The Final Countdown – Irish AIDS Day 2021
HIV Ireland once again teamed up with GCN to present a special lunchtime online seminar to mark Irish AIDS Day 2021 on June 15th.
Hosted by award-winning broadcaster Ciara Plunkett (KFM Radio), ‘The Final Countdown’ brought together notable activists and scholars to discuss reflections on 40 years of HIV and AIDS, It’s a Sin, and how we can end new HIV transmission by 2030.
At the event, advocates suggested that the Irish government must redouble its efforts against HIV and related stigma or risk missing a ‘crucial window’ to bring them to an end. The call to action comes amidst a renewed global commitment to ending HIV transmission by 2030, as UN Member States agreed on a series of ambitious steps to achieve this goal at the UN General Assembly 2021 High-Level Meeting on HIV/AIDS in New York.
Executive Director of HIV Ireland, Stephen O’Hare remarked that “Ireland must keep pace with our neighbours in the UK and the EU on ending HIV and related stigma.”
“This means increased investment in free, accessible, peer-led community-based testing services,” continued O’Hare. “Above all, it means real and sustained investment in shattering the wall of stigma around HIV and AIDS.”
Lisa Powell of Fast Track Cardiff and Vale, one of the founding members of Stonewall – the UK’s largest LGBTQ+ civil society organisation – spoke on the impact of Russell T Davies’ highly acclaimed series ‘It’s A Sin’ on which she acted as a historical consultant.
“If we are to persuade everyone that it is worthwhile getting tested, we need to ensure that everyone is getting the message. ‘It’s A Sin’ has given the message a real boost. We need to capitalise on that,” said Powell.
Professor Ann Nolan, Assistant Professor in Global Health and Director of the MSc in Global Health at the Trinity Centre for Global Health, recalled the grassroots activism of Gay Health Action in the early 80s, a precursor to organisations like HIV Ireland, in disseminating information about sexual health that was being left out of mainstream public health services.
Prof Nolan also called for a more inclusive and realistic view of the history of HIV and AIDS in Ireland, which she suggests is too often dominated by gay men. “Women were also active, but their history is much less visible,” she added.
Dr Cormac O’Brien, Lecturer in Anglo-Irish Drama at UCD’s School of English, Drama, and Film, spoke on the worrying ways in which HIV and AIDS have been stigmatised in Irish literature and drama, often portraying “anachronistic”, “out-of-time” imagery of people who are “sick and dying.”
“If the culture is providing stigmatising, doom-laden, frightening representations all the time, then that’s the only way we are going to know about this disease,” he added.
Bruce Richman, founder of the US-based Prevention Access Campaign (PAC)discussed different ways in which messaging around HIV prevention and stigma could be used to bring an end to HIV and related stigma in the next ten years.
He spoke specifically about the U=U campaign (Undetectable equals Untransmittable) pioneered by PAC on a global scale to educate people that “if you are living with HIV, on effective medication and have achieved suppression of the virus in the body, you cannot pass on HIV.”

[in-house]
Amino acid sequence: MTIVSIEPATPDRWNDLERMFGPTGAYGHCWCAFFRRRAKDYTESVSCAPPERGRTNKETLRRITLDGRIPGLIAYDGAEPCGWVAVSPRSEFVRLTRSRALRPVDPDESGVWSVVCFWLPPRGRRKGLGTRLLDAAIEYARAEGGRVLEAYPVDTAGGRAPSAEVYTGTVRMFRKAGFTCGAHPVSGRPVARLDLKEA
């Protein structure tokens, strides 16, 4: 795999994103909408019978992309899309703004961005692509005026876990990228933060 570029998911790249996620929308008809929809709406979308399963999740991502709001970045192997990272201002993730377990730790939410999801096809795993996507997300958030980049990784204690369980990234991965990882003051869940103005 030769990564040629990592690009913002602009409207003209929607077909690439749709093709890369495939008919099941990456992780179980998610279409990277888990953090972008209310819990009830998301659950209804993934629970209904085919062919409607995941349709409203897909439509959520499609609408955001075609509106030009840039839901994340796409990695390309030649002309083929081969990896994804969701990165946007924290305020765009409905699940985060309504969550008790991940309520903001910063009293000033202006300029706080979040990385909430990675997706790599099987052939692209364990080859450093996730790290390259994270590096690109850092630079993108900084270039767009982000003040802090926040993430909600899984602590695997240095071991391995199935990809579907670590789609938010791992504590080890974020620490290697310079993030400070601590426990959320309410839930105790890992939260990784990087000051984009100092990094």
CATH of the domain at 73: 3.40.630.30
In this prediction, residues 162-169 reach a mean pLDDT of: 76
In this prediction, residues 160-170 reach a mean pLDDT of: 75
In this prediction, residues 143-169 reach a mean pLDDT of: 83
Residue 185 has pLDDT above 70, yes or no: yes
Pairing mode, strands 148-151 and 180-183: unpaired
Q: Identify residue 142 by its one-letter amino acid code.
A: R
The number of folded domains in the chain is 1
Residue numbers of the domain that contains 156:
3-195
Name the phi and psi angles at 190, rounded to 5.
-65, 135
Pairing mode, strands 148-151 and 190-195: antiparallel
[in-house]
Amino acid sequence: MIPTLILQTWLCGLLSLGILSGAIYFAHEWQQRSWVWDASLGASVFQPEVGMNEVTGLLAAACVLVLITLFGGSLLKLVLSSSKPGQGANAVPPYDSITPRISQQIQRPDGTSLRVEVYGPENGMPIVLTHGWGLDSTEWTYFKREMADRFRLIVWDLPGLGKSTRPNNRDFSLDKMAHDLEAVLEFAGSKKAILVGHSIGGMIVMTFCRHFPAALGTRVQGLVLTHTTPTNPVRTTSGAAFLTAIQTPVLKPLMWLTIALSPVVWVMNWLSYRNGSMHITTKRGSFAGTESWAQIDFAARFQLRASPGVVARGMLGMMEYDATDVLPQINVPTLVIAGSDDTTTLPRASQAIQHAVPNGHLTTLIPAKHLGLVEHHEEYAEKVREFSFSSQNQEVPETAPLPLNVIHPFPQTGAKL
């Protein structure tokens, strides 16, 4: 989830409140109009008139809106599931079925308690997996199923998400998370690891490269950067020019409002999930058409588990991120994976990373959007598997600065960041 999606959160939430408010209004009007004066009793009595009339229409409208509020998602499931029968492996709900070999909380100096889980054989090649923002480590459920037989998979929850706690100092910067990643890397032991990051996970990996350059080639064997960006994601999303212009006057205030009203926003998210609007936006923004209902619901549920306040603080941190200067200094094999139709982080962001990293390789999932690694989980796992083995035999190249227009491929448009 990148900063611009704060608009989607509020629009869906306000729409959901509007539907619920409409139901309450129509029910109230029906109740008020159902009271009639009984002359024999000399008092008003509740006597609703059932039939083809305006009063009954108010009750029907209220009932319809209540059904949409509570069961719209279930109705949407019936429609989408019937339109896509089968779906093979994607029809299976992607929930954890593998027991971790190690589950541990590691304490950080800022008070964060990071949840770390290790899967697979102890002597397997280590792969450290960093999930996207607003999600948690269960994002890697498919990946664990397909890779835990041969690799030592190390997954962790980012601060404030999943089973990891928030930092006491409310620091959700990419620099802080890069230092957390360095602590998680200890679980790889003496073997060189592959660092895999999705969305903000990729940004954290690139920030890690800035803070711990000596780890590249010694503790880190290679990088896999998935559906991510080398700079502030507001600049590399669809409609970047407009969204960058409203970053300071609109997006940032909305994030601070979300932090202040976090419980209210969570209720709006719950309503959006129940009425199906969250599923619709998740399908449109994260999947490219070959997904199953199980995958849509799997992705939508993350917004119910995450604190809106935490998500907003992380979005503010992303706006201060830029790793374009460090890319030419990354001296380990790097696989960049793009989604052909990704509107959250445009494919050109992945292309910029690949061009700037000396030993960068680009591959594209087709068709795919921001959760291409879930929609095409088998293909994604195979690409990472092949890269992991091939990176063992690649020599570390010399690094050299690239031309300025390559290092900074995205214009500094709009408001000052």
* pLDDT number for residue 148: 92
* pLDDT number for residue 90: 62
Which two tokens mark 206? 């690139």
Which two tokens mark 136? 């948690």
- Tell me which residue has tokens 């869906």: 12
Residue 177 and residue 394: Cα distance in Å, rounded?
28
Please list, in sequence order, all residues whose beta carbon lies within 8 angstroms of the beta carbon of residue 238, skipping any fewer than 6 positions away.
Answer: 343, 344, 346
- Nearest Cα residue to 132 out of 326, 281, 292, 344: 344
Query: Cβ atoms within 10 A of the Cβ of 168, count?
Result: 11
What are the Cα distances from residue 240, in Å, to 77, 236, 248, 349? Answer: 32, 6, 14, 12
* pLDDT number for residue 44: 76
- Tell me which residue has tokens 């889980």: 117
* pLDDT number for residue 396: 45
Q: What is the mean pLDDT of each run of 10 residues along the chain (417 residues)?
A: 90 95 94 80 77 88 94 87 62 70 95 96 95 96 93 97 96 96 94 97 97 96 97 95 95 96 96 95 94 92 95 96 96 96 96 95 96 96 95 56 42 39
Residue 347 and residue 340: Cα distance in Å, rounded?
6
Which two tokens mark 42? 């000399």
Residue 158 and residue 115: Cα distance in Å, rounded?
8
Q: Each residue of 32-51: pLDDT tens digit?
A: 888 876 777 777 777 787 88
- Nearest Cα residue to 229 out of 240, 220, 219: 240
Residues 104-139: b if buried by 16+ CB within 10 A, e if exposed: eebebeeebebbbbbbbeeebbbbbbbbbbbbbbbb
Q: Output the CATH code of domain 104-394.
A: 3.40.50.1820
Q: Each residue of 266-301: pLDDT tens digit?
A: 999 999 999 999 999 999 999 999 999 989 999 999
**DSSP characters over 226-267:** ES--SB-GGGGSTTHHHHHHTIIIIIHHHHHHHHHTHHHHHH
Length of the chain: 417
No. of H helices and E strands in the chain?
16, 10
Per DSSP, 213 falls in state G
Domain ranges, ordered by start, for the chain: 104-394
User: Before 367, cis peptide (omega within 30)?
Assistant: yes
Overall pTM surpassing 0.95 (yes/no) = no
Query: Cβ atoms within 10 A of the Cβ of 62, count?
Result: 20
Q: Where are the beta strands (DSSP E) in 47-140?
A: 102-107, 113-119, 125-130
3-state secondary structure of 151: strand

“The ‘UequalsU’ message needed to be institutionalised. We are using ‘UequalsU’ as a public health argument,” Richman said.
“If you ensure people with HIV stay healthy and have what we need to be undetectable [viral load]… we not only stay healthy, but we cannot pass on HIV, and that’s the most effective way to end the epidemic,” he added.
‘The Final Countdown’ was organised by HIV Ireland and GCN to mark Irish AIDS Day 2021.
You can watch it back here.
About the panellists:
Lisa Power Fast Track Cardiff and Wales; Founder of Stonewall
A volunteer in HIV since before it had a name, Lisa spent 14 years with Gay Switchboard, 17 years more with Terrence Higgins Trust and was one of the founders of Stonewall. She is a Trustee of Queer Britain and an Advisory Board member for Terrence Higgins Trust. She recently acted as advisor on the BBC’s groundbreaking “It’s a Sin” programme.
Bruce Richman Prevention Access Campaign – U=U
Founder and Executive Director of Prevention Access Campaign, a US based not-for-profit organisation, Bruce pioneered the global U=U campaign, a growing global community of HIV advocates, activists, researchers, and over 1,025 Community Partners from 102 countries uniting to clarify and disseminate the revolutionary “Undetectable equals Untransmittable” HIV public health message.
Prof Ann Nolan Trinity Centre for Global Health, Trinity College Dublin
Assistant Professor in Global Health and Director of the MSc in Global Health at the Trinity Centre for Global Health (TCGH), Ann is a technical specialist in HIV and sexual health and a former Executive Director and Chairperson of HIV Ireland. She has been an advisor to Ireland’s International Development Cooperation programme at the Department of Foreign Affairs and Trade.
Dr Cormac O’Brien School of English, Drama and Film, University College Dublin
Lecturer in Anglo-Irish Drama in the School of English, Drama and Film at University College Dublin, Cormac specialises in modern and contemporary Irish drama with a comparative focus on British and American theatre. He also specialises in the interdisciplinary field of medical humanities, comparatively exploring Irish and other Western cultural responses to HIV and AIDS, predominantly in drama, fiction, cinema, and television